The pain that he desperately attempts to shield his daughter from briefly seeps through while he remains unaware that his child’s only yearning is for the simple affection of a loving father. Heart shattering scenes of uncontrollable sobbing, quiet reservations, meditation, books, and Tai Chi. Despite the film’s ambiguous ending, his love and desire to be better prove themselves not to have been enough, as implicated by a grown Sophie’s similarly melancholic state. The ripple effect of his loss against despair crashes into the one he loves the most, passing down his mental health issues and perpetuating the cycle of pain.
Where does this leave her? How do you grieve someone you resent? How can you resent someone who tried? And how can you blame them for breaking under pressure? How can our grief be gracious when the losses we grieve are so incredibly convoluted? All these questions arise as Sophie’s imperfect grief is a reflection in the image of her imperfect loss.
At the core of Aftersun lies Wells’ personal yet terribly universal truth: At 11 years old we start to unlearn the magic of moments in their simplicity, and we instead begin to search for the greater narratives of who we are and where we belong. And it’s at 31 years old that we seek to relearn fulfillment in the purity of simple moments. Only when we recover the fascination for what we’ll never fully grasp, what we’ll never know for certain, can we begin to piece jumbled moments together to find meaning.
IV: Water, Sophie
Aftersun’s central visual element is undoubtedly water. Used as a transition tool to enhance the film’s flawless editing, water also holds a hefty symbolic meaning for both of the characters. The world is an ocean, yet to be navigated, yet to be conquered.
From the pool table to the swimming pool, the beach side resort becomes a place of discovery for Sophie as she encounters older teenagers, and experiments with glimpses of what lies ahead towards adulthood.
For Sophie water represents the transition from the total innocence of childhood to the turbulent world of adolescence. A first kiss shared by an indoor swimming pool. A first conversation with her father about growing, experimenting, and becoming who you are on a raft in the sea. Water is fluid, water is in motion, water is a curious place where Sophie witnesses the changes to come filled with both excitement and uncertainty as she navigates coming of age.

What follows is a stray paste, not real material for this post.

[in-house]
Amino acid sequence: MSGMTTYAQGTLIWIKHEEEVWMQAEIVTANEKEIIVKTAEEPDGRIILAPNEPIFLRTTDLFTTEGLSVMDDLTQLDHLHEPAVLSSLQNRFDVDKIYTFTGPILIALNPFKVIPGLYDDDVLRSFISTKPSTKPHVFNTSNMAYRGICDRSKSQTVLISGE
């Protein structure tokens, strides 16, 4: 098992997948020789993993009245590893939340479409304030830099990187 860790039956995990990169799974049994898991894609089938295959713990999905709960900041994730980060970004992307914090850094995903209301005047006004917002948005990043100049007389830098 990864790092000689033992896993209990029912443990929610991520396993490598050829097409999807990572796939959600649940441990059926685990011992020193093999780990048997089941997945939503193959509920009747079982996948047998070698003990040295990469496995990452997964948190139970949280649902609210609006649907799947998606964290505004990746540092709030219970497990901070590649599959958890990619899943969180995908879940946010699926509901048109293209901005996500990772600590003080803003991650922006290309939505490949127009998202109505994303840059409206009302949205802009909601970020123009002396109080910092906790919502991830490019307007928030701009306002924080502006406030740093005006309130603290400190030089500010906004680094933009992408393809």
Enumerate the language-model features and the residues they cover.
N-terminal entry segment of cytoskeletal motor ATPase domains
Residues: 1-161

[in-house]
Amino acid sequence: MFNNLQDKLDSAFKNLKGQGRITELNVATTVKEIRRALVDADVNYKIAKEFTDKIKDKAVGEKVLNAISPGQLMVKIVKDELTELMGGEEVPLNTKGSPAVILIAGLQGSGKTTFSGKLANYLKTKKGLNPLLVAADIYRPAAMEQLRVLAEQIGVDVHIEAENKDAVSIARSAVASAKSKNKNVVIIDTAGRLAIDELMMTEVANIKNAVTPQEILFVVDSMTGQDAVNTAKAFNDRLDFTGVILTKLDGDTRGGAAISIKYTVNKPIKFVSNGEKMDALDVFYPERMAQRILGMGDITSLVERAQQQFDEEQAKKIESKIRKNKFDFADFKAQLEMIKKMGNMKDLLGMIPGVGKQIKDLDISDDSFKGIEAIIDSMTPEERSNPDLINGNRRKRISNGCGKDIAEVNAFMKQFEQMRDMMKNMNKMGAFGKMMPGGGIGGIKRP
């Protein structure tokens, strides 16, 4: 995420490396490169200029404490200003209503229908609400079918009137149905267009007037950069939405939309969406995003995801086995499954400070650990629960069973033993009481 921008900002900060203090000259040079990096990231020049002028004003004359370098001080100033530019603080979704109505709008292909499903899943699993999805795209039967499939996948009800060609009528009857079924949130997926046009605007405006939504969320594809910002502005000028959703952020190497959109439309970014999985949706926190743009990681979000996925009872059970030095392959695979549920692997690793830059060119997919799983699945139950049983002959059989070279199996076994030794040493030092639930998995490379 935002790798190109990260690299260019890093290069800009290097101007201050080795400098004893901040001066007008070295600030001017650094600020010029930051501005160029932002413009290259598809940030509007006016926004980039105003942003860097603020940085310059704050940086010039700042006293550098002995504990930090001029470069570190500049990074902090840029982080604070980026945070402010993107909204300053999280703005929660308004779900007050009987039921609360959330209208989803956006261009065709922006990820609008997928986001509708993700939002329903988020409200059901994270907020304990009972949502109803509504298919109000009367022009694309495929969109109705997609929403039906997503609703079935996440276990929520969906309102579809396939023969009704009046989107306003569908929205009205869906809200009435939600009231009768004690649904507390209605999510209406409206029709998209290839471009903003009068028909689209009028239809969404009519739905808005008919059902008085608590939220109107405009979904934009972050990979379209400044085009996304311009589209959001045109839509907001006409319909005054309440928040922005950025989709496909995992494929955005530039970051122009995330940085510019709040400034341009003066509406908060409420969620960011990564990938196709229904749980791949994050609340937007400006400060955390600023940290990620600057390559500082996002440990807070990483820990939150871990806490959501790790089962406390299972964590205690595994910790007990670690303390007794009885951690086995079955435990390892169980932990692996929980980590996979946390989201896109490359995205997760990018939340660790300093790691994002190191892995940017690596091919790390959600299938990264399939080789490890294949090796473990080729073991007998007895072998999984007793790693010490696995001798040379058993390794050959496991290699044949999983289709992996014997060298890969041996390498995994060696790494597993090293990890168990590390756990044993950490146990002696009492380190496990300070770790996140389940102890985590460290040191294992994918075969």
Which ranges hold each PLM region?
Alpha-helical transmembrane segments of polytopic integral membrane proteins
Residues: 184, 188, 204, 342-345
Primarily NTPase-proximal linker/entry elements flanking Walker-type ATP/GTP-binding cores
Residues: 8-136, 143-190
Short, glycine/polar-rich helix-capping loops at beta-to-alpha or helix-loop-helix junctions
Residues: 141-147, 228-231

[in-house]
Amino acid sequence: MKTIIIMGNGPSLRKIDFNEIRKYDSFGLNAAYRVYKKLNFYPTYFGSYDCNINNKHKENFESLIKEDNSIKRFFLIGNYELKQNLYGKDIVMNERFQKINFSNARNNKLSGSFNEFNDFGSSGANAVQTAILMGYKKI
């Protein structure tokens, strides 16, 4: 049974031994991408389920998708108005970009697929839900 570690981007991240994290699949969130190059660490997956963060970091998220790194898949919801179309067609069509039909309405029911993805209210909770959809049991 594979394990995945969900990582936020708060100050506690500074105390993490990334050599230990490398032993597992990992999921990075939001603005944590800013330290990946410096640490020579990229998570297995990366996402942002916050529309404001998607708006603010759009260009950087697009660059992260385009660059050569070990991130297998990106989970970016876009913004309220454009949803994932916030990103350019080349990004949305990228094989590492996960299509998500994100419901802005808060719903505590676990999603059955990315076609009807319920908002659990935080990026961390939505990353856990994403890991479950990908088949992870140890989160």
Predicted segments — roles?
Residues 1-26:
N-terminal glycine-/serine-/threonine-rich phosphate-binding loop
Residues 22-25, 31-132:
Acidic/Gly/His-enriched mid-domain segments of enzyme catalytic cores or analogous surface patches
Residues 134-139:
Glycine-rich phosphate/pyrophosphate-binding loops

V: Water, Calum
Under the surface of Calum’s cool and collected exterior, that of a man who is wise and affectionate, lies a deeper well. Water can also be a dark and abysmal place of suffocation. While Calum fights to maintain a still surface in the face of his daughter, we the viewers are allowed a look underneath into the troubled waters. In one of the most devastating moments of the entire piece, Calum in what seems to be a depressive episode, walks straight into the ocean before the scene abruptly ends, leaving the young father literally drowning the undefeated ocean of his sorrow.
Calum is at an age where the river of growing up has largely been crossed, and where once open paths seem to have become more narrow. The weight of life decisions. Regret and responsibility. An upside down frame cuts to a tired Sophie laying on her bed as she innocently asks her father if he ever feels like he’s sinking.
VI: Water, memory
Memory is also a fluid element in Aftersun, as we find out the film is a remembered pastiche of a grown Sophie’s distant past. From the small seemingly meaningless moments of silence to the tense sequences of unsolved frustration, time seems to flow in an unruly manner. There is no structure to the way events are remembered as emotions become jumbled with reality in our minds by way of time. Perhaps we remember the illusive surface of moments but how far down the deep well of our own minds can we go in order to piece together the truth?
The DV camcorder recording then serves as an objective lens towards the search for a clearer vision, like a pair of goggles in muddied waters.
What makes Aftersun a quiet explosion that delivers a deep emotional resonance is the masterful exercise of restraint. Subtlety envelops every aspect of this piece, from a script so thoughtfully layered, to the symbolism of the shots and the touching realism skillfully portrayed by the actors, rendering Frankie Corio a revelation and propelling Paul Mescal to stardom.
Charlotte Wells delicately crafts a story so starkly powerful yet so resounding in its affection towards the characters, and towards the audience. A director who not only shares a vulnerable and intimate auto fictional work, but also trusts the audience to understand it’s emotional core without ever explicitly telling us how to feel.
She paints an impressionistic painting of early teenagehood with astounding accuracy, one that all can look at and find familiar strokes on. We, the audience, similar to a young Sophie, are never truly made aware what went wrong and where, as we understand the story to the limits of her own capacity; it’s enough to simply know it did.
What lingers after Aftersun is the overarching feeling of love it intricately captures, and the impossibly haunting desire to capture time itself.